Queer Contact 2016, highlights: Life’s a drag

Stevie Mackenzie-Smith

Manchester’s annual festival of LGBT theatre, music, cabaret and more, is back – here are our highlights.

Macho cowboys, a polysexual Saint, mediations on happiness and hook-up apps, and a reimagined transgender Jesus in a church; Queer Contact, Manchester’s excellent annual reflection of the city’s LGBT arts and culture scene, returns 4-14 February.

Over the course of 11 days, a programme of theatre, music, cabaret, spoken word, comedy and debates take place across multiple venues, including a performance staged in a church in Victoria Park. There are collaborations with HOME, the RNCM and The Royal Exchange, and though (weep) there is no infamous Queer Contact Vogue Ball this year, there are opportunities for dancing (Queer Revue) and debauchery (Mother’s Ruin).

Four exhibitions run throughout the festival, while sexuality and religion are explored in Jamie Fletcher and Company’s Dancing Bear, and For The Love of Gospel from Our Lady J (who is both Dolly Parton-endorsed and one of the writers behind Golden Globe Award-winning US series Transparent) So, where to begin? We’ve rounded up our top Queer Contact festival picks to get you started.

STUD

In solo show STUD, Eilidh MacAskill explores manly stereotypes and penis envy through a variety of characters. There’s a patriarchal DIY expert, and a macho cowboy – that smouldering western symbol of simultaneous hyper-masculinity and pent-up homoerotic tension – and particularly silly chin-stroking Freud. 4-6 February, 9.30pm, tickets £13 / £7 Conc.

A Place Called Happiness

What’s so good about happiness, anyway? Debs Gatenby spent 12 months responding to society’s obsession with happiness by trying to discover the secret of attaining it. The whole journey just made her feel worse. This funny, uplifting show reflects on a universal theme that plagues us all. 10 February, 8pm, tickets £13 / £7 Conc.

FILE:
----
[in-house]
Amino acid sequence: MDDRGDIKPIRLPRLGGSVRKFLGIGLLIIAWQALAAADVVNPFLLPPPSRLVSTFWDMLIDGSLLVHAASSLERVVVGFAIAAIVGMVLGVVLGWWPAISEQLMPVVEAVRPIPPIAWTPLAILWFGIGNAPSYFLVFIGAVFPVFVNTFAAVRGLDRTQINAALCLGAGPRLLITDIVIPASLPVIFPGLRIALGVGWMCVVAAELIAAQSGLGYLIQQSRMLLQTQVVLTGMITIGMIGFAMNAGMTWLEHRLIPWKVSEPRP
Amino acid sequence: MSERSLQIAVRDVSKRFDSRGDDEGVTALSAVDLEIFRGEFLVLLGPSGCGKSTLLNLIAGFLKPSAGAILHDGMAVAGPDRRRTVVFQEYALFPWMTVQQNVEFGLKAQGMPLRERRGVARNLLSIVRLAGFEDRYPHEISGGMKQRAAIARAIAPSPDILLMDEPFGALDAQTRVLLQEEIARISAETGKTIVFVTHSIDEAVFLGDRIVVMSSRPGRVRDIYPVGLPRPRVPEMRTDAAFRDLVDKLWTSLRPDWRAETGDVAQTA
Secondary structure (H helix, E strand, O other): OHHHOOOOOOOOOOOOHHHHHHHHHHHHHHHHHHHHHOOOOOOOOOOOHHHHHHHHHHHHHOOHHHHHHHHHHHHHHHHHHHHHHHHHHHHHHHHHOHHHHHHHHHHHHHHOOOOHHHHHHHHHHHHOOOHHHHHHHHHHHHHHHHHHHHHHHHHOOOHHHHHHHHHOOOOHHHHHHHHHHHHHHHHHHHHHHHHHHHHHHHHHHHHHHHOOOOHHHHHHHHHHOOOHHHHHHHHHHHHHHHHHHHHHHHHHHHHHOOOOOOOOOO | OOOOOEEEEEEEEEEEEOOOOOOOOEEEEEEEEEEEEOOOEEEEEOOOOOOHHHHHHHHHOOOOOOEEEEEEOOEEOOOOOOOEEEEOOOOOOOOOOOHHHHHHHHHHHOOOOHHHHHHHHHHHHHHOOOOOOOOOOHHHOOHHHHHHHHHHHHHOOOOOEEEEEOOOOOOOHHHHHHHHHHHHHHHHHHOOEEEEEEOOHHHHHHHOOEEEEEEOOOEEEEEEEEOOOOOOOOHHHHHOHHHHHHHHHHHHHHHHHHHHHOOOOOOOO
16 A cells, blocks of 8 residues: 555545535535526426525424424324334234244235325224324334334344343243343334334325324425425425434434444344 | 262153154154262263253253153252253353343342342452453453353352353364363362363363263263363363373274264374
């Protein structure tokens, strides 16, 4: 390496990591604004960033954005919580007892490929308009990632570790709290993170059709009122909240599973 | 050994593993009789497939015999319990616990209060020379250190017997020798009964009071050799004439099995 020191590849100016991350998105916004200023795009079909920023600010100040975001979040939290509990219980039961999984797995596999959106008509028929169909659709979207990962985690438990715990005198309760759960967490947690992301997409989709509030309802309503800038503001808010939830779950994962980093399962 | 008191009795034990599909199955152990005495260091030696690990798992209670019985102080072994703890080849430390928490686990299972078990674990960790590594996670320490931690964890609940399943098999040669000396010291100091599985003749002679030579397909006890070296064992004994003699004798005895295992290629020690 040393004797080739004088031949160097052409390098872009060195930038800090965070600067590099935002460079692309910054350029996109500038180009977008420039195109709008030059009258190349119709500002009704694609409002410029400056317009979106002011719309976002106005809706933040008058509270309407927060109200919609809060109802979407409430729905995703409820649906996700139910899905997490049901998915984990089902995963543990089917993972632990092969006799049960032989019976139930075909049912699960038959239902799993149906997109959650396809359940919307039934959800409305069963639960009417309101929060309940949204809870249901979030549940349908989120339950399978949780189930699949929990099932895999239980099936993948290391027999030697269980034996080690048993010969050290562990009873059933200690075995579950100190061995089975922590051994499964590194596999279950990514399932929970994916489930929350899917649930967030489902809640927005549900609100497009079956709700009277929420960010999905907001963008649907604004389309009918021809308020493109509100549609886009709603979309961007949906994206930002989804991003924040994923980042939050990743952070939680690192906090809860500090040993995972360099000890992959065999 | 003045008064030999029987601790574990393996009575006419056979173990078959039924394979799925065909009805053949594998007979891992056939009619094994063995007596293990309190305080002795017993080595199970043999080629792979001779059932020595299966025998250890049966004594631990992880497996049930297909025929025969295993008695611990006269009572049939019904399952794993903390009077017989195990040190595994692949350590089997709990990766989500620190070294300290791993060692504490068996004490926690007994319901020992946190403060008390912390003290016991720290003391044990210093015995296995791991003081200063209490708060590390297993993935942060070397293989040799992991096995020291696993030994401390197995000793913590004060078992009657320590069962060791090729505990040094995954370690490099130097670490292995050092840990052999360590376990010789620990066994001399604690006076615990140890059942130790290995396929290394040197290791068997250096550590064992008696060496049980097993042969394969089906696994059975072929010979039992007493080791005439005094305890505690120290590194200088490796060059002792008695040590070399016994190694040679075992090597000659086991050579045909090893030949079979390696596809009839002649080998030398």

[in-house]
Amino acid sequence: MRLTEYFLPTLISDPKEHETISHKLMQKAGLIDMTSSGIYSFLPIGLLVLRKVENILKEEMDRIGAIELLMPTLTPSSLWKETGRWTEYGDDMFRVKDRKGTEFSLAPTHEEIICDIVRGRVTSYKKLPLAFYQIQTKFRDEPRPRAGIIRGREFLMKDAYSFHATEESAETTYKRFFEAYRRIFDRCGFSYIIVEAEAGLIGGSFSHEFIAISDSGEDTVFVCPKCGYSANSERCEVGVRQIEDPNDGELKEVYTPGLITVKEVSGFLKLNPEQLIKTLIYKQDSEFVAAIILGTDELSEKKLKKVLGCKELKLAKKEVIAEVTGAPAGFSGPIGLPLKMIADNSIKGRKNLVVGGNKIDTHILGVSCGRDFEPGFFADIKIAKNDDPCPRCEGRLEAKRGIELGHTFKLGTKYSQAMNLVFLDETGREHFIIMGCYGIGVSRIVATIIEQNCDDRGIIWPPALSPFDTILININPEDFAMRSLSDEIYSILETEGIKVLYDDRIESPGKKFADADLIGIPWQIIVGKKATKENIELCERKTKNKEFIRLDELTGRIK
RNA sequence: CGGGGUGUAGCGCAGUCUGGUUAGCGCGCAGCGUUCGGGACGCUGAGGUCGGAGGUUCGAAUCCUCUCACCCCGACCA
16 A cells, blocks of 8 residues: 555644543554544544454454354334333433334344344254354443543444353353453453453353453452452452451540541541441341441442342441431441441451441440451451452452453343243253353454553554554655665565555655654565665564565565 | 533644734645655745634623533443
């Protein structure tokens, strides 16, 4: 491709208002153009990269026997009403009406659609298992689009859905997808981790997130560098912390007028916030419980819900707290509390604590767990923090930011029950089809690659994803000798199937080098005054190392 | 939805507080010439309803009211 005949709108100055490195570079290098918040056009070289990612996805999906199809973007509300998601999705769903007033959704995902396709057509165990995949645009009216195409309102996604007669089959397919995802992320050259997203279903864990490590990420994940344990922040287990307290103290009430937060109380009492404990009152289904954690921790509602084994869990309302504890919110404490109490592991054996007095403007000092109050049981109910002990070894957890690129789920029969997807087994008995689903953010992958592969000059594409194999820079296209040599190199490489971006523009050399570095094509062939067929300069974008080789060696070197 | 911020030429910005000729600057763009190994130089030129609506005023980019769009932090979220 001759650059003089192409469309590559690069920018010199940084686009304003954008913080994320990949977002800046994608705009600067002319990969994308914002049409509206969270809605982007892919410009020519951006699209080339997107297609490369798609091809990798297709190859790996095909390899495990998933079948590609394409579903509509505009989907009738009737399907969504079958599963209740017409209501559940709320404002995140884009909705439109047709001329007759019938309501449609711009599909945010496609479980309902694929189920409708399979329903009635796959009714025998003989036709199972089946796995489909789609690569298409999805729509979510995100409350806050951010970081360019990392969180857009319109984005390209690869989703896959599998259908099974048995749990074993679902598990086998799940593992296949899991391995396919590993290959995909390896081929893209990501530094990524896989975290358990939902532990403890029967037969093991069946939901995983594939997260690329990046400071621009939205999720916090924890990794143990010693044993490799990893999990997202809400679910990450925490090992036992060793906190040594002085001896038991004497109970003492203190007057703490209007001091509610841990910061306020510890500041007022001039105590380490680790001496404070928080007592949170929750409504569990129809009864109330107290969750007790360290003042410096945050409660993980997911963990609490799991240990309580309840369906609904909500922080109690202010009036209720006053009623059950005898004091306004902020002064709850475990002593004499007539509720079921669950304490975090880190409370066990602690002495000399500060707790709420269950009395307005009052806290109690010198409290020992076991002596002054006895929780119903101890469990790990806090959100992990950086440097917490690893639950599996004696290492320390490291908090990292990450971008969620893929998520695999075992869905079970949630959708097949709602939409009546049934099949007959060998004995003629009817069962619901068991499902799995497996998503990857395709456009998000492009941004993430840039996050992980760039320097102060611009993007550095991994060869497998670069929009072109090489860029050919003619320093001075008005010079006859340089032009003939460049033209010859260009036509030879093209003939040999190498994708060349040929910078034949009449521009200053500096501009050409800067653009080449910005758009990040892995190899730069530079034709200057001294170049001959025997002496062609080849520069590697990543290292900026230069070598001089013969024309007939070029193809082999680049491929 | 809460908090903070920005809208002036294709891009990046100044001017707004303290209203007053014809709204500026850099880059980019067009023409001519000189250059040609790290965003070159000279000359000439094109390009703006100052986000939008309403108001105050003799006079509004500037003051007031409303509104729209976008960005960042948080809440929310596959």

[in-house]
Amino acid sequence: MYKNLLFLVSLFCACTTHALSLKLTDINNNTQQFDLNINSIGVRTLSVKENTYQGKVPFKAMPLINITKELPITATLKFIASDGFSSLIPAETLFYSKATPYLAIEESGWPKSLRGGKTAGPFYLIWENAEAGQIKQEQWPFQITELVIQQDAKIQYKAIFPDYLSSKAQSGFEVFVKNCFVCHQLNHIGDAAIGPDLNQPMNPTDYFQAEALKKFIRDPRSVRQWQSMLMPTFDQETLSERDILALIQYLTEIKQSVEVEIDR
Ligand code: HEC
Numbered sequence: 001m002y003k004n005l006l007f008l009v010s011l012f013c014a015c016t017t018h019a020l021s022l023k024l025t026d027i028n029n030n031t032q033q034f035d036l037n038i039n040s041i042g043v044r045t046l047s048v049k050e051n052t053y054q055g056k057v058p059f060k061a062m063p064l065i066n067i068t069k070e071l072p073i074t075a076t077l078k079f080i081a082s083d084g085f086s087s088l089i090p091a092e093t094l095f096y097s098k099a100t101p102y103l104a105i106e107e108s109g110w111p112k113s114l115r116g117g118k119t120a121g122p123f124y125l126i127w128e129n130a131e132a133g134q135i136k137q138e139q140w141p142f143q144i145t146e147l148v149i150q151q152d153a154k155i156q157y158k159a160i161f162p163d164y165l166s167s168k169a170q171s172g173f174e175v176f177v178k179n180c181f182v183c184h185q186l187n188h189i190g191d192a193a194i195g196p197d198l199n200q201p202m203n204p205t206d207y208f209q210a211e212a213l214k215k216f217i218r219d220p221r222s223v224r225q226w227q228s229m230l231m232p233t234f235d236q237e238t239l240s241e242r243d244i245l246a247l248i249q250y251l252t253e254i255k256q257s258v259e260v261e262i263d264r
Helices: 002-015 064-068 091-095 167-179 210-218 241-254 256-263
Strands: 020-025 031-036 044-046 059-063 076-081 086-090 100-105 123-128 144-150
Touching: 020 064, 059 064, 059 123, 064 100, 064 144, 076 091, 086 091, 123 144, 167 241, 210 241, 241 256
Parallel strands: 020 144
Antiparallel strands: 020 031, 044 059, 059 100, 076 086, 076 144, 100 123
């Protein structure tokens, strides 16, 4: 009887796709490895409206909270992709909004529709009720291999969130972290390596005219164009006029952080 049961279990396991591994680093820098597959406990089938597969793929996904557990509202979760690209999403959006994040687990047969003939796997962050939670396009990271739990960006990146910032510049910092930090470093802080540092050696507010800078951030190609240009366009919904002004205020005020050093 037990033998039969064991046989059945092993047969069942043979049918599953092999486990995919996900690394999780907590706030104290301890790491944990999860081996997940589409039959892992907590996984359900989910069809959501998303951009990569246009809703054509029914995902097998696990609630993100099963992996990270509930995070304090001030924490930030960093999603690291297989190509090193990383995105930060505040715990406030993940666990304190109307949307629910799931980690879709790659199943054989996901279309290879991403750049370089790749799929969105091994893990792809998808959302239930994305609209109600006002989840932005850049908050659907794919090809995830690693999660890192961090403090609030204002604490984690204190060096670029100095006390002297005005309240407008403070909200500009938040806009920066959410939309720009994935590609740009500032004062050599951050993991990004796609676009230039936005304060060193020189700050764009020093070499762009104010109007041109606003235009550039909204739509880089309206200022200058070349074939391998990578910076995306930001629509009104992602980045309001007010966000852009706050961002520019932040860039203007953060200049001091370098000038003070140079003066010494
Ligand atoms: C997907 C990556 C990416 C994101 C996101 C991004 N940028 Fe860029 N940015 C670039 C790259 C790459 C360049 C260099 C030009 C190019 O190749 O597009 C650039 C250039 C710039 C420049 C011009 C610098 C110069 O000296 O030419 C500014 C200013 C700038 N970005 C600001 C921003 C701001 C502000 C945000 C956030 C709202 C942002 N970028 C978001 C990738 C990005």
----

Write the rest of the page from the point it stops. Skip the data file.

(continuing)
Men, Women And The Rest of Us

22 years since it was first published, Kate Bornstein’s groundbreaking book Gender Outlaw remains a go-to text on the transgender experience. Through spoken word and performance, Bornstein, who identifies as neither male nor female, unpicks issues of identity within a world that wants us to choose a side. In addition to the performance, Bornstein’s My Gender Workshop is “an intimate daylong gender odyssey.” 5 February, 8pm, tickets £15 / £10 Conc.

The Daily Grind

Bringing cruising and confiding into a public space, Laurie Brown’s The Daily Grind is a show about that tricky intersection between love, sex and the internet. How do the ways in which we present ourselves online, or via dating apps, affect our mental health? This is a show for anybody who has veered from loneliness to ecstasy and back again whist scrolling Grindr or Tinder. 9-11 February, 9.30pm, tickets £11 / £6 Conc.

The Gospel According to Jesus, Queen of Heaven

“When you think about Jesus and the 12 apostles, statistically it’s very likely that at least one of them was LGBT,” wrote theatre critic for The Guardian Lyn Gardner (who’s also written a feature on Manchester’s theatre scene for us) after watching The Gospel According to Jesus, Queen of Heaven at Edinburgh two years ago. Trans playwright, poet and performer Jo Clifford reimagines stories from the New Testament with St Chrysostom’s Church as the backdrop; in the process she rewrites the world as a more tolerant place in this uplifting show presented in collaboration with The Royal Exchange. St Chrysostom’s Church, 14 February, 3pm & 8pm, tickets £13 / £7 Conc.

Life’s a Drag

After a year-long project of delving into the history of drag culture in Manchester, artist Jez Dolan and writer Chris Hoyle present their resulting performance, featuring oral histories and a tonne of sequins. 4-6 February, 7pm, tickets £11 / £6 Conc.

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